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the suspected gunman fled in his car across a bridge in the centre of this city, but pulled over and called police to turn himself in. he waited, and appears to have been detained without a struggle. he has now been named as alexandre bissonnette, in his late 20s. well, the police haven't talked about a motive, as yet. but, even though this is known to be a peaceful place, with very little crime, that same mosque here in quebec city has been targeted with islamophobia before. injune, during during the muslim holy month of ramadan, a pig's head was left on the doorstep, but mosque leaders say there were no threats of late. prime ministerjustin trudeau called the killing a terrorist attack on muslims. to the more than one million canadians who profess the muslim faith, i want to say directly, we are with you. 36 million hearts are breaking with yours. and know that we value you.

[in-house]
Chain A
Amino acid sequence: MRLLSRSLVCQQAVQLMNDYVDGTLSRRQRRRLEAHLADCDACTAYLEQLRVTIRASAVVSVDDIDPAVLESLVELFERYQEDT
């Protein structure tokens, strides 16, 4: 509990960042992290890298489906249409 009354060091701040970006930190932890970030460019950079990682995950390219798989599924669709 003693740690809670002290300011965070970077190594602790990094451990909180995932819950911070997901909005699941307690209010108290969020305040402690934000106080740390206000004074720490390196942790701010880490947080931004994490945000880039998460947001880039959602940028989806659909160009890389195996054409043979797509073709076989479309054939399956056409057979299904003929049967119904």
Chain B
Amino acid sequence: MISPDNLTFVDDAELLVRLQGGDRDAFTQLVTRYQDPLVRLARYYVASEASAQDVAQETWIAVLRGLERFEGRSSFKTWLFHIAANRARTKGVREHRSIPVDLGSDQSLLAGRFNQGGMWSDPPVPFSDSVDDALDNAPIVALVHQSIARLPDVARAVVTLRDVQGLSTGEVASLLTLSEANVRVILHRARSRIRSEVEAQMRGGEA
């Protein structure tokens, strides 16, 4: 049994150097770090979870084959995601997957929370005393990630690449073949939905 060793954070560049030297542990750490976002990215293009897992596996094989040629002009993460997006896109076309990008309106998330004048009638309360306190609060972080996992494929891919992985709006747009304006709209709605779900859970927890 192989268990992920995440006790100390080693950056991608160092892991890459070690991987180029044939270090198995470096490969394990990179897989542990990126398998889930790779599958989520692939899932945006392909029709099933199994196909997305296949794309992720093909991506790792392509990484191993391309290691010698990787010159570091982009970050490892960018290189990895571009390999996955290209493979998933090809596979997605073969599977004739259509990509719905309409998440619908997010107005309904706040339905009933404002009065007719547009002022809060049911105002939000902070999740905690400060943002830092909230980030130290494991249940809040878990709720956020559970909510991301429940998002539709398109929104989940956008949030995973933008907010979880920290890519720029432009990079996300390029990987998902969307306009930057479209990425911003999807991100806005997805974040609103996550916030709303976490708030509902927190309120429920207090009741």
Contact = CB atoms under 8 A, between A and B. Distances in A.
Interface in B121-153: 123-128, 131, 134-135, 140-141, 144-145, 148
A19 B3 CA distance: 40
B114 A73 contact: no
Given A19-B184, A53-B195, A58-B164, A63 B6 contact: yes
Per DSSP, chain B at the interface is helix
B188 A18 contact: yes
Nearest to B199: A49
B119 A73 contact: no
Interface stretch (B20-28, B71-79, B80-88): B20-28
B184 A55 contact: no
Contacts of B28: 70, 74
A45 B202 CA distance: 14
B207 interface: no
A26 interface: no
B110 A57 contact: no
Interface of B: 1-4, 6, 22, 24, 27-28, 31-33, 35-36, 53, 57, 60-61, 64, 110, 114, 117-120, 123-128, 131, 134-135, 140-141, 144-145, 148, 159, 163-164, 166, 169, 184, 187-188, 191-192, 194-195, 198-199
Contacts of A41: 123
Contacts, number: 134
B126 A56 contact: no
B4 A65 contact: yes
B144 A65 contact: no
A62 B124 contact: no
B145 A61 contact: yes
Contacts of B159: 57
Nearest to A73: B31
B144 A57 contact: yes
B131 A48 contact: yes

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in recent days, the prime minister has stood up against some of the anti—islamic rhetoric coming from the us, saying canada would continue to welcome those fleeing persecution, no matter their faith. aleem maqbool, bbc news, quebec city. in other news: the leader of a group allegedly linked to the 2008 attack in mumbai has been placed under house arrest in pakistan. hafiz saeed is wanted by the us and india, who accuse him of being implicated in the raid in which more than 160 people died. he has denied any involvement. wildfires are still raging in chile, as the search continues to find those responsible behind the blazes, that have killed 11 people, burnt more than 1,000 homes, and wiped out an entire town. ten people have been arrested on suspicion of arson. a huge air and ground operation is under way to contain 61 forest fires. stay with us on bbc news.